[vc_row type=”in_container” full_screen_row_position=”middle” scene_position=”center” text_color=”dark” text_align=”left” overlay_strength=”0.3″][vc_column column_padding=”no-extra-padding” column_padding_position=”all” background_color_opacity=”1″ background_hover_color_opacity=”1″ width=”1/1″ tablet_text_alignment=”default” phone_text_alignment=”default”][vc_column_text]The ability to speak, and to articulate one’s thoughts and feelings in a way that is effective and meaningful, is an amazing ability that we often take for granted. But for those who have dysphasia, a language disorder that is characterized by an inability to communicate or understand meaning using spoken language, the ability to understand and be understood is incredibly valuable.
One type of dysphasia is called nominal dysphasia, also commonly referred to as anomic aphasia. Nominal dysphasia can be a challenging condition to live with, and making language progress can be frustrating. At United Energy Workers Healthcare, we are passionate about supporting those in our communities who are suffering from disabling and serious health conditions. Please review the following information about nominal dysphasia, and reach out to our team directly if you have questions about home healthcare services.
What Is Nominal Dysphasia?
Nominal dysphasia is characterized by an inability to recall the names of people or objects that are correctly perceived. For example, if a person has nominal dysphasia, they may recognize a laptop, phone, and computer in front of them, as well as the person who’s sitting across from them, but will be unable to generate the name of any of these, despite knowing each object’s function and who the person is in relation to themselves (Hier and Shindler, 1987). In a nominal dysphasia case, other aspects of speech may be completely normal, although circumlocution (the use of many words where few will serve) may be present. The condition is often described as having the word “on the tip of one’s tongue,” yet unable to recall it.
Note that the condition will not only affect a person and their ability to speak, but also their ability to write. This can be an extremely frustrating condition to be constantly living with, and one that can lead to other conditions and effects, such as depression and impaired relationships. It can also be disabling in certain contexts, as a person suffering from nominal dysphasia may be unable to perform the same work that they did prior to developing nominal dysphasia.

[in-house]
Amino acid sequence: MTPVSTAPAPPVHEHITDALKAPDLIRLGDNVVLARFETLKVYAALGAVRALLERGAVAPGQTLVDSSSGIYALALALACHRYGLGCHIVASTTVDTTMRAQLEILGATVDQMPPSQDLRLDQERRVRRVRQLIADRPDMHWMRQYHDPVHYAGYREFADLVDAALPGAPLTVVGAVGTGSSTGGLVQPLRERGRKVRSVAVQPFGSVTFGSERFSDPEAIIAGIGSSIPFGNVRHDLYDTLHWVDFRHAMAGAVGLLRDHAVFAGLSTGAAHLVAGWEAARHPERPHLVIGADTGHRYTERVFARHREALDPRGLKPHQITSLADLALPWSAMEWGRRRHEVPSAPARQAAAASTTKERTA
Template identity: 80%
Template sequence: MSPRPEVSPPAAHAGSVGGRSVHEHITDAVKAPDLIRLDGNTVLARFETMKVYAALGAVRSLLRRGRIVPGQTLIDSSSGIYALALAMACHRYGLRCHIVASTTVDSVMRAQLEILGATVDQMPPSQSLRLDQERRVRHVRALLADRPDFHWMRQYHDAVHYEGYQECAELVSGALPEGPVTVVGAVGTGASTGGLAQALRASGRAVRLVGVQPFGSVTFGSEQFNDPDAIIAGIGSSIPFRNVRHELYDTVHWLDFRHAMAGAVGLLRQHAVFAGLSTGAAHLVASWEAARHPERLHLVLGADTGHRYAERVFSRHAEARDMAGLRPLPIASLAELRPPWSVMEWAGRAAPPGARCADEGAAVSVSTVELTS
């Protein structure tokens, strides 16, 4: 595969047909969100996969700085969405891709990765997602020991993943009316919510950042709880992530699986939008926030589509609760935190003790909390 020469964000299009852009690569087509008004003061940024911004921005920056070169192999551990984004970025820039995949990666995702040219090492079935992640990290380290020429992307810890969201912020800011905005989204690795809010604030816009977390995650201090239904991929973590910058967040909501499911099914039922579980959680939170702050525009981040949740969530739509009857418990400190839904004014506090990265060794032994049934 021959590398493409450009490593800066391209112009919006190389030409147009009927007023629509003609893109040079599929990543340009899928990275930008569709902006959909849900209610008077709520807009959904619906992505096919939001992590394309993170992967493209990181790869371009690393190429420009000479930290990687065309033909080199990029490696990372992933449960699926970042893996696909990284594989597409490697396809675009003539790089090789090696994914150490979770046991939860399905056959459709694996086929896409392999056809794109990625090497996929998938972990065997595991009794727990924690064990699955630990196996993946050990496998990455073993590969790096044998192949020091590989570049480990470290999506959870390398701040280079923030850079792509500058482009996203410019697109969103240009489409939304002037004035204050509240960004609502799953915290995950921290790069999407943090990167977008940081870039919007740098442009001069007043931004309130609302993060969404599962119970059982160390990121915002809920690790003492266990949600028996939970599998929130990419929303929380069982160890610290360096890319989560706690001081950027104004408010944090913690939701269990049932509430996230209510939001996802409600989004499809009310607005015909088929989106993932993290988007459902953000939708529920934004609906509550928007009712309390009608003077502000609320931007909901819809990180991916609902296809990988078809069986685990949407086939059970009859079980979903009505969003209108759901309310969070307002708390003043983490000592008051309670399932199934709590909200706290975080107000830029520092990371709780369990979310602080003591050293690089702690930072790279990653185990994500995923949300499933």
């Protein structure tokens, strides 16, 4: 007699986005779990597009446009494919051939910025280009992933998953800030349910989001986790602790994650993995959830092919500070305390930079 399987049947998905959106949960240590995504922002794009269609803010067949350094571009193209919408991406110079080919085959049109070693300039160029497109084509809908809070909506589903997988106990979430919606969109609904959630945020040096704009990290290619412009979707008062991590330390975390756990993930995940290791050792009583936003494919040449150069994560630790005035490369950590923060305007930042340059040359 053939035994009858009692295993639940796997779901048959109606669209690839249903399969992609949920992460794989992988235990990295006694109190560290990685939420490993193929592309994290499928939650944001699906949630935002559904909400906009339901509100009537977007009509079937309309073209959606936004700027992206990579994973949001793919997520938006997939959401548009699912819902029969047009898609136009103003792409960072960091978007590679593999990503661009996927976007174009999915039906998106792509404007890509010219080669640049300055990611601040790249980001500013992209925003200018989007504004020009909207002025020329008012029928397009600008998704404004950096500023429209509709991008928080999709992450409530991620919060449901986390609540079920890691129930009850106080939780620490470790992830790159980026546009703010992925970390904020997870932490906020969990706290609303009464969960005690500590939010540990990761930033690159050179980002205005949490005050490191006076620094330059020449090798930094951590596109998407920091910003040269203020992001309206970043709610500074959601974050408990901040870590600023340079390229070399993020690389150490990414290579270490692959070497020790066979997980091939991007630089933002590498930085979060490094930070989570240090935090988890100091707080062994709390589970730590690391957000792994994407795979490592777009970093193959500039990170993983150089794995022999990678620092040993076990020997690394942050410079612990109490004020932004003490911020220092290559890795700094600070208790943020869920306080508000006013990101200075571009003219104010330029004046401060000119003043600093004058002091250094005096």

What Causes Nominal Dysphasia?
Dysphasia is caused by a number of different medical conditions, including stroke, brain tumors, and neurodegenerative diseases. Nominal dysphasia appears to most often be the result of lesions (an area of damage as a result of disease, tumor, or wound) on the temporal lobe. It’s important that you work with your doctor to get an accurate diagnosis of your condition if you suspect that you have nominal dysphasia. It’s also important that the cause of the dysphasia is identified, as this could be related to a large health concern.
What Treatment Options Are Available?
One of the most frustrating things about living with nominal dysphasia is there is no quick fix for the condition – a person who is suffering from nominal dysphasia cannot simply have a surgery or take a medication to fix the problem. Instead, weeks, months, or years of therapy will be required to treat the condition.
Those with dysphasia will usually turn to speech and language therapy as a treatment option; however, sometimes dysphasia will improve on its own without treatment (NHS, 2018). The brain is a very complex organ, and one that scientists do not yet have a full understanding of. As such, it can be difficult to know how a person’s condition will progress, whether or not it will improve without treatment, and how effective treatment will be.
What Is Therapy Designed to Do?
According to the NHS, cited above, speech and language therapy for someone who is suffering from nominal dysphasia is designed to help restore as much of a person’s speech and language abilities as possible, help them to communicate to the best of their abilities, help them to develop alternative ways of communicating, and help them and family members to understand the condition and how to best cope with it.
Do I Qualify for Home Healthcare Services?
Certain conditions are not just frustrating or painful, but also disabling. For those who are suffering from certain conditions and who are eligible for EEOICPA or RECA benefits, home healthcare services may be available at no cost. If you are suffering from a serious condition and are wondering whether or not you qualify for free, high-quality home healthcare services, reach out to United Energy Workers Healthcare directly. We are here to answer your questions about home healthcare services and provide you with more information about your options.
Hier, D. B. and Schindler, A. G. (1987). Aphasia. In Topics in Behavioral Neurology and Neuropsychology. Retrieved from: https://www.sciencedirect.com/topics/neuroscience/anomic-aphasia
NHS. (2018). Treatment – aphasia. Retrieved from: https://www.nhs.uk/conditions/aphasia/treatment/[/vc_column_text][/vc_column][/vc_row]